The roll call of U.S. allies in the Middle East and its neighborhood has always read like a target list: Maliki, Karzai, Sistani, Musharraf. One bullet or one suicide blast could wipe out all our work and rip apart a strategically important country.
Assassinations have steadily picked off pro-Western politicians in Lebanon, and one of our key tribal allies in Western Iraq, Sheik Satter, was murdered shortly after meeting with President Bush. But since Sept. 11, we have been lucky. There have been no assassinations of true geo-strategic significance, except perhaps that of anti-Syria former Lebanese Prime Minister Rafik Hariri, whose killing prompted a popular backlash that ended the Syrian occupation of his country.
Until now. Until Benazir Bhutto was killed in a shooting and suicide bombing at the end of a political rally in the city of Rawalpindi. Until her return to Pakistan from exile a few months ago, met immediately with threats to kill her from Islamic extremists, ended in a tragedy that is still shocking even if it seemed inevitable.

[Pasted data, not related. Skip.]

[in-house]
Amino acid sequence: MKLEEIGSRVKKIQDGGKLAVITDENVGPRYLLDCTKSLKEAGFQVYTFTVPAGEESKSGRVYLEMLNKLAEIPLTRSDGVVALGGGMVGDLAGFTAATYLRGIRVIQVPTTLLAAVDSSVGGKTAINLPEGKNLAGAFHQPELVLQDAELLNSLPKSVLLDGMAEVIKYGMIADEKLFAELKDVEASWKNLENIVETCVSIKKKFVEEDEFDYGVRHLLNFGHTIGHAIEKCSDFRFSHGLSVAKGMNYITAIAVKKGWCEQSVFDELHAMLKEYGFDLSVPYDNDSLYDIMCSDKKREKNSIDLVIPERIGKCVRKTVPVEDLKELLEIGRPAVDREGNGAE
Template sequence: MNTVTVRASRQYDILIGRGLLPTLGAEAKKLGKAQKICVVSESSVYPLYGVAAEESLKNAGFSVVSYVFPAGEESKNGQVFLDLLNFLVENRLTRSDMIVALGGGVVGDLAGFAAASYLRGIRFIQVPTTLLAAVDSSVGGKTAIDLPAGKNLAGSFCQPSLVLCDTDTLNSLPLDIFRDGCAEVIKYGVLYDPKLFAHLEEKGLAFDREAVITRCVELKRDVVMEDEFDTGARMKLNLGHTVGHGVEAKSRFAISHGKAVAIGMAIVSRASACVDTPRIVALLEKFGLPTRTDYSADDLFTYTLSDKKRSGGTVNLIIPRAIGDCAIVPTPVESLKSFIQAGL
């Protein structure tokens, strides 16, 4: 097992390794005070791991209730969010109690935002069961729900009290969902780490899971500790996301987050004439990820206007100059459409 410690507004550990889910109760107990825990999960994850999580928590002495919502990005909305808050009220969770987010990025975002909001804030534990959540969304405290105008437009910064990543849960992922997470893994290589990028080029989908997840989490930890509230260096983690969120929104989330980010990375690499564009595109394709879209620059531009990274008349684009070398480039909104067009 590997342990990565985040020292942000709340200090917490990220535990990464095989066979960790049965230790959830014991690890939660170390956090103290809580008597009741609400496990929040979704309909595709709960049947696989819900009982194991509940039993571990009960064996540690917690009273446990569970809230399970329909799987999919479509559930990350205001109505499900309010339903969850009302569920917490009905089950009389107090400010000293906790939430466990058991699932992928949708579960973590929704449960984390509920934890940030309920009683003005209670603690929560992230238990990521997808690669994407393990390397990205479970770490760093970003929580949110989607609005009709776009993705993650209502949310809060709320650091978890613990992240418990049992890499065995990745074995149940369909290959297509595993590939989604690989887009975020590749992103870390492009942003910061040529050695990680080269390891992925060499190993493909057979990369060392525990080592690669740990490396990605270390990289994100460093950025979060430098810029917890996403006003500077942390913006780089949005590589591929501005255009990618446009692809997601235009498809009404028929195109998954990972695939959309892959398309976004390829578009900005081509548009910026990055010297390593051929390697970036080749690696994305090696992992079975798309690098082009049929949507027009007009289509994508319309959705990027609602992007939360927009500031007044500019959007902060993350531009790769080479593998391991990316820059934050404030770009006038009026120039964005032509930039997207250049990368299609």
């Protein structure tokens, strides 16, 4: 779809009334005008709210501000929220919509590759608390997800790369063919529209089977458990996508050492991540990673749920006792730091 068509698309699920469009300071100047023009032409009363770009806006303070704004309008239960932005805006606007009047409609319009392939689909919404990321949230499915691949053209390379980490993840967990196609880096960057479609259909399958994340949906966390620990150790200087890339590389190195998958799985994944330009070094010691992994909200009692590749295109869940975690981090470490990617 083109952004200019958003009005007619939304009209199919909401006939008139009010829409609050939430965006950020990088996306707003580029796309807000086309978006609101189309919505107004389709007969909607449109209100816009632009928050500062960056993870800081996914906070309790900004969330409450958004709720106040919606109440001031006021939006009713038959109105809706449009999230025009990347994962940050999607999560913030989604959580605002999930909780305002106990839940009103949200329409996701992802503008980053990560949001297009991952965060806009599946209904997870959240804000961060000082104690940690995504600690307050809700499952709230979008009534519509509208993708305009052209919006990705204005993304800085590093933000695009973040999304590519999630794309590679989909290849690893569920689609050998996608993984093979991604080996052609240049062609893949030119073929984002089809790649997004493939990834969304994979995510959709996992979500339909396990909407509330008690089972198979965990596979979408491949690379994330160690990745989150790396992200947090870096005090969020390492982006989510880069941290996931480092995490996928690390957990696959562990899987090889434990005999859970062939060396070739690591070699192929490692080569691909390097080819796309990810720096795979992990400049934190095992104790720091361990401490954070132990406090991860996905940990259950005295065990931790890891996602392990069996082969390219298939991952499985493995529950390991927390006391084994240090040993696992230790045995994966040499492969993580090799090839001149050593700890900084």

It's always been the assassin's conceit that he can move history with a single blow. Sometimes, as most infamously with Gavrilo Princip's shot that precipitated World War I, he succeeds. But it is much harder to do in stable, institutionally mature democracies where established parties can be as important as a single man or woman. Pakistan, alternately ruled by civilian kleptocrats and generals, is not such a country. Bhutto will be hard to replace.
In keeping with the clannishness of Pakistani politics, her Pakistan Peoples Party was entirely dependent on her (authoritarian-style) leadership. Her civilian rival, Nawaz Sharif, who also recently returned from exile, is soft on Islamic militants and has even been accused of having taken bribes from Osama bin Laden. That leaves President Pervez Musharraf, increasingly isolated politically, without a decent civilian ally with whom to try to broaden his support as his country totters from this latest blow.
Musharraf had seemed on the verge of escaping from the political fix his state of emergency of November had placed him. He had removed judges implacably opposed to his rule, then stepped down as head of the army, lifted the state of emergency and said parliamentary elections would go ahead on Jan. 8. The killing of Bhutto throws the elections into doubt, and will politically weaken Musharraf further as rumors circulate that his extremist-infiltrated security services may have played a role.
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